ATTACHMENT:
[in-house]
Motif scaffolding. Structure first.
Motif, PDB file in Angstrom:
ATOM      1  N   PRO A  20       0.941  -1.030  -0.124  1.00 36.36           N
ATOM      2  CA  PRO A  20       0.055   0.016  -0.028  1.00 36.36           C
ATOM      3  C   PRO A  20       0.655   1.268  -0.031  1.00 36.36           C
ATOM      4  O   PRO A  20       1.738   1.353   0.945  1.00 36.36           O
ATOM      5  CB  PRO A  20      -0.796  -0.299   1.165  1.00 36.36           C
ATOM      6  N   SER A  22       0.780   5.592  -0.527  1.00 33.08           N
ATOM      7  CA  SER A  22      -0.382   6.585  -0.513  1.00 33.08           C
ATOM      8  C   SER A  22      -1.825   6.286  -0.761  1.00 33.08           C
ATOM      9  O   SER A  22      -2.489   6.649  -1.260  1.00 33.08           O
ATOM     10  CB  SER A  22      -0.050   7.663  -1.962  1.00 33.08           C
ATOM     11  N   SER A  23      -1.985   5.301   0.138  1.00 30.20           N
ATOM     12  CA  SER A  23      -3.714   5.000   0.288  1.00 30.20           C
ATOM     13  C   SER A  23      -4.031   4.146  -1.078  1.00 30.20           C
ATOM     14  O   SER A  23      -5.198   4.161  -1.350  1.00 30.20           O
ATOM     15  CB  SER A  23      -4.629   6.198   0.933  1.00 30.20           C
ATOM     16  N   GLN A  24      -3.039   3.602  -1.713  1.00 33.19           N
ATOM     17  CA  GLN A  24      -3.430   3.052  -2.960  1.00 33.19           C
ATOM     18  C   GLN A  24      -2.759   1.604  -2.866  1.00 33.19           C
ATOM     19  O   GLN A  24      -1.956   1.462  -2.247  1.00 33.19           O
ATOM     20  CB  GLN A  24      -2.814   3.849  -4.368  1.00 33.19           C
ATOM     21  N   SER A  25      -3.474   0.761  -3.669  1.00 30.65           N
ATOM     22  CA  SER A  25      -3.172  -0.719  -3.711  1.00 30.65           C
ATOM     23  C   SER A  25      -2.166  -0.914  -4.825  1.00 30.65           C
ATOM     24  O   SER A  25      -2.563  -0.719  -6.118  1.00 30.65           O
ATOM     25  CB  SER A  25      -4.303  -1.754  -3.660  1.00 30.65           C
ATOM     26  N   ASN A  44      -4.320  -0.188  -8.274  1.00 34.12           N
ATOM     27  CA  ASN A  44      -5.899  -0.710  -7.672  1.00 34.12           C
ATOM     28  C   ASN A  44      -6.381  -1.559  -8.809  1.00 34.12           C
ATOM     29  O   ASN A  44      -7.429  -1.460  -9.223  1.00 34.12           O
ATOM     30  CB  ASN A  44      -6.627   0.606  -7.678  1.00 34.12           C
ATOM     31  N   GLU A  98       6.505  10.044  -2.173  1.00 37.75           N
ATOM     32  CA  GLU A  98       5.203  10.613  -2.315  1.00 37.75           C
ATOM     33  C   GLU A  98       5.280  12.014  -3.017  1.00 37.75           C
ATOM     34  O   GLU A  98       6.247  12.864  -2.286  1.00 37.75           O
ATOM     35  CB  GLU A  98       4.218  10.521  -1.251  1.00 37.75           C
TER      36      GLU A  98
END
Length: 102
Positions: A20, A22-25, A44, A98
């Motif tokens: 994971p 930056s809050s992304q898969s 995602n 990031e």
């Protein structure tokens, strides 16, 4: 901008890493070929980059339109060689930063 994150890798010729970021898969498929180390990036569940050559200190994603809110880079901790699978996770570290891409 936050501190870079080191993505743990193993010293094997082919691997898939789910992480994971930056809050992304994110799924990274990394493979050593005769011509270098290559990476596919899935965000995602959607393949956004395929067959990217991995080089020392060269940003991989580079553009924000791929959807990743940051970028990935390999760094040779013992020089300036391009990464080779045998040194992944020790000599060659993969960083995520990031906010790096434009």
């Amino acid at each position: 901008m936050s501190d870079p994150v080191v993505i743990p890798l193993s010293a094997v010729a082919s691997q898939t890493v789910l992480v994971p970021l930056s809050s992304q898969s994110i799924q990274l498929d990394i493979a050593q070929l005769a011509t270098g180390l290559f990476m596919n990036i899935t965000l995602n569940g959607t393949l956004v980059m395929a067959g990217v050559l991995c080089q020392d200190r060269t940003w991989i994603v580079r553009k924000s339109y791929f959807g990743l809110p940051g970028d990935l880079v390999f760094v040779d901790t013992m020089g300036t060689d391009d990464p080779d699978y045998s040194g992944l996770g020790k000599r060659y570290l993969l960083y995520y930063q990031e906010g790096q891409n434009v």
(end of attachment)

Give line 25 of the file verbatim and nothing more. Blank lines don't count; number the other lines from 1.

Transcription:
ATOM     22  CA  SER A  25      -3.172  -0.719  -3.711  1.00 30.65           C